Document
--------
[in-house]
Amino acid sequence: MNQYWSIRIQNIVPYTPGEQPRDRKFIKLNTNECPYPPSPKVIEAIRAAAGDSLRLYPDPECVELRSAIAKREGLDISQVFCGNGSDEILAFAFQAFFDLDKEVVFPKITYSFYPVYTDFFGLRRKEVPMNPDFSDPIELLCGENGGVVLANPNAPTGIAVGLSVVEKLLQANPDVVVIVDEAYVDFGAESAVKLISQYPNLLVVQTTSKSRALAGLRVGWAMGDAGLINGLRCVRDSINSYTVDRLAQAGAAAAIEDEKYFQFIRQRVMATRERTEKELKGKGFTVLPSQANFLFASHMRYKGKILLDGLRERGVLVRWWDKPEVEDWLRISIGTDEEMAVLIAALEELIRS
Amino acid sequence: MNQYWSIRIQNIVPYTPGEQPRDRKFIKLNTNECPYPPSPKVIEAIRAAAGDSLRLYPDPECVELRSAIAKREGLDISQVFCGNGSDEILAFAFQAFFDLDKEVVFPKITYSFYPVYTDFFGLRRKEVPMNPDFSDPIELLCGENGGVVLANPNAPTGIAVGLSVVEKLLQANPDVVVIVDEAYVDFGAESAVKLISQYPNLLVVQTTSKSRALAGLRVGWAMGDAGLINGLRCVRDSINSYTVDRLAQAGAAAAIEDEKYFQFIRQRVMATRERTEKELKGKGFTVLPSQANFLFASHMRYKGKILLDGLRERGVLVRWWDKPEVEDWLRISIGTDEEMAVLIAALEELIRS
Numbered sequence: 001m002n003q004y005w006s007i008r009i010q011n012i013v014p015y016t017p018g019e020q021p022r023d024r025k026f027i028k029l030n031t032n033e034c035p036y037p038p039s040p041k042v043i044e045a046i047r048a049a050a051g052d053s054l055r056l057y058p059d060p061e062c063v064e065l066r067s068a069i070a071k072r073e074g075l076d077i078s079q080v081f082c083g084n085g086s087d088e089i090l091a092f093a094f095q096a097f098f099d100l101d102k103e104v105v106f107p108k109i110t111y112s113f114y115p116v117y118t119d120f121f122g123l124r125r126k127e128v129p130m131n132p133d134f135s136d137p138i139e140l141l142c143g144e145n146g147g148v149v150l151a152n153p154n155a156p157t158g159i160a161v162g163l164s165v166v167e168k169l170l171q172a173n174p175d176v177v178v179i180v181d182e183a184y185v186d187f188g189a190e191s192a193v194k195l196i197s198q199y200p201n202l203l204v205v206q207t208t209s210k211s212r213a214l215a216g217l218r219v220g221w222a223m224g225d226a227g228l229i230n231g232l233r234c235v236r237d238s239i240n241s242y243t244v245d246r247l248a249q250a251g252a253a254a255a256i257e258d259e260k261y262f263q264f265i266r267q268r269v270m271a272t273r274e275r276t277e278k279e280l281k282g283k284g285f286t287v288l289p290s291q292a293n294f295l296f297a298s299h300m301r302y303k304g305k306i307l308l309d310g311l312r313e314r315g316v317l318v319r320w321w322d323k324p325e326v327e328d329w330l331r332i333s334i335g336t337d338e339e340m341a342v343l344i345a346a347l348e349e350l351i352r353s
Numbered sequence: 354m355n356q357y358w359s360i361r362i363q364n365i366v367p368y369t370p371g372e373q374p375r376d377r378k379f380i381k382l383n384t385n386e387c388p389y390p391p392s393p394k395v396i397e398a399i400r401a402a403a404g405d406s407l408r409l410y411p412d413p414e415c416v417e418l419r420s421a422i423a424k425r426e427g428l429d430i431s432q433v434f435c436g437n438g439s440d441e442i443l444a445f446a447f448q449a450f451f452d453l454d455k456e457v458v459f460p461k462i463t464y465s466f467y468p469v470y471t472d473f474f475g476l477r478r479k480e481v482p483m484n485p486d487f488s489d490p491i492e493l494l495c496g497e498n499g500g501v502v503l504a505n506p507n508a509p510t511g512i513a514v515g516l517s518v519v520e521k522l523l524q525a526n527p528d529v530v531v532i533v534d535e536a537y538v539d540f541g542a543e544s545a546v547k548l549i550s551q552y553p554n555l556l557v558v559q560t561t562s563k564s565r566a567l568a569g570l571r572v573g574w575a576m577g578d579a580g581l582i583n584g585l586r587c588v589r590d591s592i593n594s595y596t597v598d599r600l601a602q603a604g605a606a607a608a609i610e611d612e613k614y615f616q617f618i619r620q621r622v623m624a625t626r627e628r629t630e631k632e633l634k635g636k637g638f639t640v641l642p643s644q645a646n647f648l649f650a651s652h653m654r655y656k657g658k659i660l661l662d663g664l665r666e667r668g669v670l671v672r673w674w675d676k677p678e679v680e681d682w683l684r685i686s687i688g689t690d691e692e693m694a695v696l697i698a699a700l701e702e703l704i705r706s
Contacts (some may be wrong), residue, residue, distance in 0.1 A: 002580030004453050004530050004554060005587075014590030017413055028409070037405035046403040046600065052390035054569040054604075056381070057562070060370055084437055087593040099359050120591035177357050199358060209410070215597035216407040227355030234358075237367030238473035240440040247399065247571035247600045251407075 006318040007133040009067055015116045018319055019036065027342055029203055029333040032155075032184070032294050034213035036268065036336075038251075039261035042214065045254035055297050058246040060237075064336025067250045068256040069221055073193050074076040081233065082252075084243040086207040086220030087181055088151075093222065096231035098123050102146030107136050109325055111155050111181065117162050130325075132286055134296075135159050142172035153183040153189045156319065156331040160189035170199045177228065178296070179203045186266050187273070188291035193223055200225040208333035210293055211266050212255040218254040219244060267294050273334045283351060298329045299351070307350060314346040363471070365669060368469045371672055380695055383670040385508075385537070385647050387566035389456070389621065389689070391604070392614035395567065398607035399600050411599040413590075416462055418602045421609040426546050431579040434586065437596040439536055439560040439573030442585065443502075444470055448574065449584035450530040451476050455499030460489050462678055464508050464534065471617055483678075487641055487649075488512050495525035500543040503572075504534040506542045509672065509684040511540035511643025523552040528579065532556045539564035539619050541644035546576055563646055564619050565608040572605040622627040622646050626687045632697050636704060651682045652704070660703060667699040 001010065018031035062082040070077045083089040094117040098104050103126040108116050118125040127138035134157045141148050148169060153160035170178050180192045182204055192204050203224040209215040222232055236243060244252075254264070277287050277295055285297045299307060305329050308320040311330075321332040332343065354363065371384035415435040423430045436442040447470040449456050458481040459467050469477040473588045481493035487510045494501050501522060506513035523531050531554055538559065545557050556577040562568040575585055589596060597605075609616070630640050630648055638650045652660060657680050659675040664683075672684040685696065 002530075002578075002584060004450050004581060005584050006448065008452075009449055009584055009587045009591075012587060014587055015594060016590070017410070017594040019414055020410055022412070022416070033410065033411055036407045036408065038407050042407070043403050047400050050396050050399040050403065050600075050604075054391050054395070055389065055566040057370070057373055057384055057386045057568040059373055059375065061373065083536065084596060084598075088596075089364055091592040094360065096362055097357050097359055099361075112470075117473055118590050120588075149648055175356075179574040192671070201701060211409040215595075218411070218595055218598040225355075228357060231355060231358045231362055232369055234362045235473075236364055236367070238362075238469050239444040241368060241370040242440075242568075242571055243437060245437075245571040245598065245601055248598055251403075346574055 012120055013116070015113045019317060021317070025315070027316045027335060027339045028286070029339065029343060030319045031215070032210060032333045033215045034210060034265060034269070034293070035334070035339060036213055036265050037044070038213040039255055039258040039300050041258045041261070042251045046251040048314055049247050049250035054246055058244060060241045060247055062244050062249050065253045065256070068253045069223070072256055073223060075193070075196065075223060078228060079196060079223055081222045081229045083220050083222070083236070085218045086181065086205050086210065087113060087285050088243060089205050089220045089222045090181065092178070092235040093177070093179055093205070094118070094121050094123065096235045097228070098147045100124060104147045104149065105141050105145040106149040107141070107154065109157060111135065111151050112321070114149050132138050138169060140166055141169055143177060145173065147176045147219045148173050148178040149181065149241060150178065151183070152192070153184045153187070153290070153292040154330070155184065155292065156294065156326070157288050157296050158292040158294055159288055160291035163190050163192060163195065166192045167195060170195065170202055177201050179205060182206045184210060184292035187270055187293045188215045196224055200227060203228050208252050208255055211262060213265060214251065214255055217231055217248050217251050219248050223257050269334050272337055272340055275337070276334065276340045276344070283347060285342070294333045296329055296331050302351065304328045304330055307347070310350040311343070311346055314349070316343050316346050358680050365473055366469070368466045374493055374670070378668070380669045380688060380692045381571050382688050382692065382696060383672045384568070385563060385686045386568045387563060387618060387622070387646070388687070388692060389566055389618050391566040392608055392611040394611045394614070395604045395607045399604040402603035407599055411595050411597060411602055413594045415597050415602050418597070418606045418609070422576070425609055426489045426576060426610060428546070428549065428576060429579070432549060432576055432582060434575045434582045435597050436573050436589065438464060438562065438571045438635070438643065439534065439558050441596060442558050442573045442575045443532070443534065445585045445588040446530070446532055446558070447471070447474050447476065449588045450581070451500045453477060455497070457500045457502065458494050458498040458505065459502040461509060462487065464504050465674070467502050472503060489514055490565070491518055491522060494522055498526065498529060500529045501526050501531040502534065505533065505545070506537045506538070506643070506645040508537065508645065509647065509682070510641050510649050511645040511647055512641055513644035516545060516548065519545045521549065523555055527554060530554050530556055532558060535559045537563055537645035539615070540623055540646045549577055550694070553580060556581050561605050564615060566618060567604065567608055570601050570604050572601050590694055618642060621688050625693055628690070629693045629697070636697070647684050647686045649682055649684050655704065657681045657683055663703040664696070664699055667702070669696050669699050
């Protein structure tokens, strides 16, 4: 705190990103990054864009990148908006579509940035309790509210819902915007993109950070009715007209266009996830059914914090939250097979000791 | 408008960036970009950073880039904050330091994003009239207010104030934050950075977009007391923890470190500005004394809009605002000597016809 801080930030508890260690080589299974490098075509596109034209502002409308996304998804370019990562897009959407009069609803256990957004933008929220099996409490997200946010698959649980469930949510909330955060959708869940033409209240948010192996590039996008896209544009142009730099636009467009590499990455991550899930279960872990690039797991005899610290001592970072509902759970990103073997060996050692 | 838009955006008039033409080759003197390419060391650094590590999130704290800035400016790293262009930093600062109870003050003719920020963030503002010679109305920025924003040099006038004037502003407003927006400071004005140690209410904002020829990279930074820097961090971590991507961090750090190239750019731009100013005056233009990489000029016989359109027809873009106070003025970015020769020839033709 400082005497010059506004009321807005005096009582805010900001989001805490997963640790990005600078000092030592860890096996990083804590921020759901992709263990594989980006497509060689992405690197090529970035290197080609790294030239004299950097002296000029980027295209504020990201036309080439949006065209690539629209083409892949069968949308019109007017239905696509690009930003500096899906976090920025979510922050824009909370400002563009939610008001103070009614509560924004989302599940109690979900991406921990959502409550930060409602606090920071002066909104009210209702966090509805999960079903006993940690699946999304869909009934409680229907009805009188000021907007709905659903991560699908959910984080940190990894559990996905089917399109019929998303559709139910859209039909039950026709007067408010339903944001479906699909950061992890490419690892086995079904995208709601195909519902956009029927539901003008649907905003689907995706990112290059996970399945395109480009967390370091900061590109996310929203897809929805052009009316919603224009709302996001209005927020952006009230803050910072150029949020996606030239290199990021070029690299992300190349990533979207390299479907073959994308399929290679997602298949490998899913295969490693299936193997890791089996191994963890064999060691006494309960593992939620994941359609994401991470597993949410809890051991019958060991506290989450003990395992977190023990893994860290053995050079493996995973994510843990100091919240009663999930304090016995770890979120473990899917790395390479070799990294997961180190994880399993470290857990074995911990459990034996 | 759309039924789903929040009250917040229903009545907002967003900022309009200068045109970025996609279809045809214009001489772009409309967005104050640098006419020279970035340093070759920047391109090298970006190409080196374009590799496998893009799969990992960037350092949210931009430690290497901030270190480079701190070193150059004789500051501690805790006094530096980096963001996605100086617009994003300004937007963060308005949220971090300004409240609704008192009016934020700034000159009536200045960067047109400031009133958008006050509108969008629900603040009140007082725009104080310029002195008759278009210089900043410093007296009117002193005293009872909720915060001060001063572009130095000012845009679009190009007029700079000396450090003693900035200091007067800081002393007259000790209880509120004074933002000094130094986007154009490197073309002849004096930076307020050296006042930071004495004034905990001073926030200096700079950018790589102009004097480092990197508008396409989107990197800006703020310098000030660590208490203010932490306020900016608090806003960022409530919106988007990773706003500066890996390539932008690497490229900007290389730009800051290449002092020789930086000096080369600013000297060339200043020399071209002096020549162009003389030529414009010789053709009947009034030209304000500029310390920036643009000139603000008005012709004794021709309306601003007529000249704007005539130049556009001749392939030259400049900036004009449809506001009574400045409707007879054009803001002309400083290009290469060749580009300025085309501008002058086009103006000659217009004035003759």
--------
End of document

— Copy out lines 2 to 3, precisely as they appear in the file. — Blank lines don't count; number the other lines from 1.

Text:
Amino acid sequence: MNQYWSIRIQNIVPYTPGEQPRDRKFIKLNTNECPYPPSPKVIEAIRAAAGDSLRLYPDPECVELRSAIAKREGLDISQVFCGNGSDEILAFAFQAFFDLDKEVVFPKITYSFYPVYTDFFGLRRKEVPMNPDFSDPIELLCGENGGVVLANPNAPTGIAVGLSVVEKLLQANPDVVVIVDEAYVDFGAESAVKLISQYPNLLVVQTTSKSRALAGLRVGWAMGDAGLINGLRCVRDSINSYTVDRLAQAGAAAAIEDEKYFQFIRQRVMATRERTEKELKGKGFTVLPSQANFLFASHMRYKGKILLDGLRERGVLVRWWDKPEVEDWLRISIGTDEEMAVLIAALEELIRS
Amino acid sequence: MNQYWSIRIQNIVPYTPGEQPRDRKFIKLNTNECPYPPSPKVIEAIRAAAGDSLRLYPDPECVELRSAIAKREGLDISQVFCGNGSDEILAFAFQAFFDLDKEVVFPKITYSFYPVYTDFFGLRRKEVPMNPDFSDPIELLCGENGGVVLANPNAPTGIAVGLSVVEKLLQANPDVVVIVDEAYVDFGAESAVKLISQYPNLLVVQTTSKSRALAGLRVGWAMGDAGLINGLRCVRDSINSYTVDRLAQAGAAAAIEDEKYFQFIRQRVMATRERTEKELKGKGFTVLPSQANFLFASHMRYKGKILLDGLRERGVLVRWWDKPEVEDWLRISIGTDEEMAVLIAALEELIRS